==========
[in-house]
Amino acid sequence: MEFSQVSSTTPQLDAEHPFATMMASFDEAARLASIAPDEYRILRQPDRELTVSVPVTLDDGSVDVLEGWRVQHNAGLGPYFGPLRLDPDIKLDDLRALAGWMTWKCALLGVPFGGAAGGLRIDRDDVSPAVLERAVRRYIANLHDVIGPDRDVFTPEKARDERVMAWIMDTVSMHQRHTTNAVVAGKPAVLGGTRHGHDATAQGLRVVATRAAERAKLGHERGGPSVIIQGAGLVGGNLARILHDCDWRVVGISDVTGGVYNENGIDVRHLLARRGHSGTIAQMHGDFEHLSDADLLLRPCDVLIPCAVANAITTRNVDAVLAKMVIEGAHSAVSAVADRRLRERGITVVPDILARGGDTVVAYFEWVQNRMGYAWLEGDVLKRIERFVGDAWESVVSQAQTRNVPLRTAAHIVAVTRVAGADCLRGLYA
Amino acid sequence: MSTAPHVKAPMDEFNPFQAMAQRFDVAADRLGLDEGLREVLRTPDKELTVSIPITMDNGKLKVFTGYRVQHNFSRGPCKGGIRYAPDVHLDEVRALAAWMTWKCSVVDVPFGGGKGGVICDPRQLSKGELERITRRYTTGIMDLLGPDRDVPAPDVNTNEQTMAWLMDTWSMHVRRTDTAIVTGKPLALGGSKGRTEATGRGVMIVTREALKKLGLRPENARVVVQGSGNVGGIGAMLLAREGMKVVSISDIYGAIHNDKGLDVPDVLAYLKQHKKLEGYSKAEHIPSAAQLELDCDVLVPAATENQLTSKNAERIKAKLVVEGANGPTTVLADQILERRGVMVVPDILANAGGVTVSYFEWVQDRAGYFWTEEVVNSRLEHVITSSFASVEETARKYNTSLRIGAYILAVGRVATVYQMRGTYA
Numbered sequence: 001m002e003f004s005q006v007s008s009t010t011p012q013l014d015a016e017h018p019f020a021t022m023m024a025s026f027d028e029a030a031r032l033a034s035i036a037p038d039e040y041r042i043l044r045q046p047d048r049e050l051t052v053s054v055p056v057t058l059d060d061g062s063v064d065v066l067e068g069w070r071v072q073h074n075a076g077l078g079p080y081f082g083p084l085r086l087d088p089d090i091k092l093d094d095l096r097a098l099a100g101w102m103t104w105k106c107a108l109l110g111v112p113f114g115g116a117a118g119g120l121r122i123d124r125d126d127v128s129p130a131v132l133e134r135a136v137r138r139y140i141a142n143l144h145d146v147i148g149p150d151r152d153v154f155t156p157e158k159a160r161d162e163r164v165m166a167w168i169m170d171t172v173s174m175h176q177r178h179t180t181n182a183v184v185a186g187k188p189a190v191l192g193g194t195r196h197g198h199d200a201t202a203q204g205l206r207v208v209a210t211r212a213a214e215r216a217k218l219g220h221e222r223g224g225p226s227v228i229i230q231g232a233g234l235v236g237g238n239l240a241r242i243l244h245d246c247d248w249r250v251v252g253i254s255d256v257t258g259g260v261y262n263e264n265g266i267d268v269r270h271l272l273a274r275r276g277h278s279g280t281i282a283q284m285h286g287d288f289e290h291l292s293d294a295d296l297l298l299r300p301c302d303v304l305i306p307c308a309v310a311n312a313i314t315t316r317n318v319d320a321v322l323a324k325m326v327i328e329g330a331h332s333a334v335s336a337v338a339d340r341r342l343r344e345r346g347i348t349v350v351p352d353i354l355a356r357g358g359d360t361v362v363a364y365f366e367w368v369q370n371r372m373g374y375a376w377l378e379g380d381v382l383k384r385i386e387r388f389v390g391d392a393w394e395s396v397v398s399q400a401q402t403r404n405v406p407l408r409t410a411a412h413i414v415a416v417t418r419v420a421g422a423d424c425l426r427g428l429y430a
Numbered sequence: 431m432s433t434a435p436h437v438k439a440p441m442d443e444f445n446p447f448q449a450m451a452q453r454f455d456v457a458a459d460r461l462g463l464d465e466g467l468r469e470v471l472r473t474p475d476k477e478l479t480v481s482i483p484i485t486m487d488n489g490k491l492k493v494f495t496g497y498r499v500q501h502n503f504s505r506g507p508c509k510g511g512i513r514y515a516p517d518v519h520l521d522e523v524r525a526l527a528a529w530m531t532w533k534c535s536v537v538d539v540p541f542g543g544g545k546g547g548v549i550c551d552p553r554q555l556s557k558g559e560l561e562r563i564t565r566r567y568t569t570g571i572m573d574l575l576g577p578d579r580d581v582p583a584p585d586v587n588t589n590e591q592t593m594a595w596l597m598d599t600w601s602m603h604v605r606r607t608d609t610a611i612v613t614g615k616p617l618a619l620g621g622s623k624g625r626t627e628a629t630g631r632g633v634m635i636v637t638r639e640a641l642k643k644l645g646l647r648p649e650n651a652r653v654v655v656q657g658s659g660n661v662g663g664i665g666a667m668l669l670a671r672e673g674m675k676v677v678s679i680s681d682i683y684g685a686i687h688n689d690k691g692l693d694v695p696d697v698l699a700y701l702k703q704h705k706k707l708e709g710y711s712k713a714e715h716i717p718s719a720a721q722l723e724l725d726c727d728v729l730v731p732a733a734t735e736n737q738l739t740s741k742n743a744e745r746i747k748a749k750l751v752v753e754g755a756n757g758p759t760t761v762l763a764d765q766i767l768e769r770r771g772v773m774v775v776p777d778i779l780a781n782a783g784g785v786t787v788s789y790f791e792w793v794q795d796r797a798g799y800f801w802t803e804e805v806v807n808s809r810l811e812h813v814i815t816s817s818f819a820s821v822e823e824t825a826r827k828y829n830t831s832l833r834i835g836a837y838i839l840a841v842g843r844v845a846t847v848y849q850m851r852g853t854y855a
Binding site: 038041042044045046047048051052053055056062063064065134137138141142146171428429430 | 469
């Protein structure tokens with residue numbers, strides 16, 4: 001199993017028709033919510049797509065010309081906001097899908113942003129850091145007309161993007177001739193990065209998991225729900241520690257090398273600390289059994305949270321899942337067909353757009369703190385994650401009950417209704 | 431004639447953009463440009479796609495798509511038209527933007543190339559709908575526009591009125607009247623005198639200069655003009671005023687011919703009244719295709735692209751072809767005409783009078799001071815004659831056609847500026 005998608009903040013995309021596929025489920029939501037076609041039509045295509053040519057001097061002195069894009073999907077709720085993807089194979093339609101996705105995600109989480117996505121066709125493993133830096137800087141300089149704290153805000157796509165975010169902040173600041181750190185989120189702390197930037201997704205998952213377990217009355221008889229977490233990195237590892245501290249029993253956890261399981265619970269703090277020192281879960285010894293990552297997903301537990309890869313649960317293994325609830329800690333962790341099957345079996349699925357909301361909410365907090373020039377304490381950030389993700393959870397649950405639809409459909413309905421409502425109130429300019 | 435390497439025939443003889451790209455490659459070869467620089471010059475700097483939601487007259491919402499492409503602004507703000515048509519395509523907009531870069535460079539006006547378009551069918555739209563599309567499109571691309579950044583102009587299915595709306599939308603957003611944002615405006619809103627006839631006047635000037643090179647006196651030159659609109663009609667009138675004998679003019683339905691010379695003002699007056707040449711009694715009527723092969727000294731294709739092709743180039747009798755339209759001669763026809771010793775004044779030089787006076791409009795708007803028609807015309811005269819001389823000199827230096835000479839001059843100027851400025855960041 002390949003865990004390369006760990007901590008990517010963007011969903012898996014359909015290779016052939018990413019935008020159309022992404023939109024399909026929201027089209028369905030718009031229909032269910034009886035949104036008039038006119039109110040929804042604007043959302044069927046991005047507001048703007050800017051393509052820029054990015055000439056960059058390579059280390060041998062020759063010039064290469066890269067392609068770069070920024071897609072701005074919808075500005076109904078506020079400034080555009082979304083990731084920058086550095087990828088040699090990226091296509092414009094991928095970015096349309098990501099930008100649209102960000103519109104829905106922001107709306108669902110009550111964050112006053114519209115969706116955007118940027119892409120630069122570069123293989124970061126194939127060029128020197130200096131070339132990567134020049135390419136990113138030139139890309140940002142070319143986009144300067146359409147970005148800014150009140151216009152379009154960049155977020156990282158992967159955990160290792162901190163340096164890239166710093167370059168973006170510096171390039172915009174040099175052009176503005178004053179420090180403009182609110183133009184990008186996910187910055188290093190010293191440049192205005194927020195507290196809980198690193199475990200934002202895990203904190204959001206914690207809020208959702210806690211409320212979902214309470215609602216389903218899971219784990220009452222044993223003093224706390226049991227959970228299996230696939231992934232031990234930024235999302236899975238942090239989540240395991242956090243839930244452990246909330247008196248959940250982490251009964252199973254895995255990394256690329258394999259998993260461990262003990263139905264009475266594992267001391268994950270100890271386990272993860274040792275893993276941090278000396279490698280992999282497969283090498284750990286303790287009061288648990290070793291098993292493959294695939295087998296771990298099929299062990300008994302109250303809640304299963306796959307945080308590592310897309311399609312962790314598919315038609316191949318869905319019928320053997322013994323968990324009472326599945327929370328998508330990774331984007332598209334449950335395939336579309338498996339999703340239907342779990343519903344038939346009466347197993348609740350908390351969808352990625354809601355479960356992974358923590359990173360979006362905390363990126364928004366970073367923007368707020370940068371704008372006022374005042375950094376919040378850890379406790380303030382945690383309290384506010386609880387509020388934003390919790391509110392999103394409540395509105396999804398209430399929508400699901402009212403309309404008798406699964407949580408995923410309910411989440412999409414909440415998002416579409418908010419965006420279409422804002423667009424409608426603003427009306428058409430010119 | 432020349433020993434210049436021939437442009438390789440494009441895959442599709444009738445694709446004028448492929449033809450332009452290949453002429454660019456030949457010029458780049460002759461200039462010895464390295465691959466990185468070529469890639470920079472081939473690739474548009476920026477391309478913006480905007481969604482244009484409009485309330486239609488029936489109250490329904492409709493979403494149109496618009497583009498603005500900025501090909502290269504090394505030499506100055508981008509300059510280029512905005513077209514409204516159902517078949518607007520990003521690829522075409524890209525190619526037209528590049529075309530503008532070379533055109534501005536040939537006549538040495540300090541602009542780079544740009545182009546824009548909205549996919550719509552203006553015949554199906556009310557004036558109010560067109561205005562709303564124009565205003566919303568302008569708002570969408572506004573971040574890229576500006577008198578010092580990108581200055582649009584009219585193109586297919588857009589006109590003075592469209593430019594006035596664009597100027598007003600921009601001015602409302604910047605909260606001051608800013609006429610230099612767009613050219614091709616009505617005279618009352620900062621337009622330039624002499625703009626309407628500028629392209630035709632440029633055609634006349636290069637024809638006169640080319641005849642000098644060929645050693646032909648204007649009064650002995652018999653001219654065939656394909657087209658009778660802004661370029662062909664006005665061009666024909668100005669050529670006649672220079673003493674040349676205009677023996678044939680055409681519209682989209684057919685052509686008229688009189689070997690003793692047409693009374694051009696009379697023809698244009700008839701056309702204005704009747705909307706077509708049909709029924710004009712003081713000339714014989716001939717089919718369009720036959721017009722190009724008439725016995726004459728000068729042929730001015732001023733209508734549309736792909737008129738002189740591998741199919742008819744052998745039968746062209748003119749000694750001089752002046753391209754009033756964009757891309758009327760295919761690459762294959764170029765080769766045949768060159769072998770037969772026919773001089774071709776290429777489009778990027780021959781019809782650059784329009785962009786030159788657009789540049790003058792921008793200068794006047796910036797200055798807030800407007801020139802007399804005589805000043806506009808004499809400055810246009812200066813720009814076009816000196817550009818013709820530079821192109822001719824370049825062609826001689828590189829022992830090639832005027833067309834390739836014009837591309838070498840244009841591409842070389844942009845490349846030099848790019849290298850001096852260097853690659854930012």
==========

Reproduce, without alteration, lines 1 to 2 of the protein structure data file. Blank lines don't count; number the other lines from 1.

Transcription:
[in-house]
Amino acid sequence: MEFSQVSSTTPQLDAEHPFATMMASFDEAARLASIAPDEYRILRQPDRELTVSVPVTLDDGSVDVLEGWRVQHNAGLGPYFGPLRLDPDIKLDDLRALAGWMTWKCALLGVPFGGAAGGLRIDRDDVSPAVLERAVRRYIANLHDVIGPDRDVFTPEKARDERVMAWIMDTVSMHQRHTTNAVVAGKPAVLGGTRHGHDATAQGLRVVATRAAERAKLGHERGGPSVIIQGAGLVGGNLARILHDCDWRVVGISDVTGGVYNENGIDVRHLLARRGHSGTIAQMHGDFEHLSDADLLLRPCDVLIPCAVANAITTRNVDAVLAKMVIEGAHSAVSAVADRRLRERGITVVPDILARGGDTVVAYFEWVQNRMGYAWLEGDVLKRIERFVGDAWESVVSQAQTRNVPLRTAAHIVAVTRVAGADCLRGLYA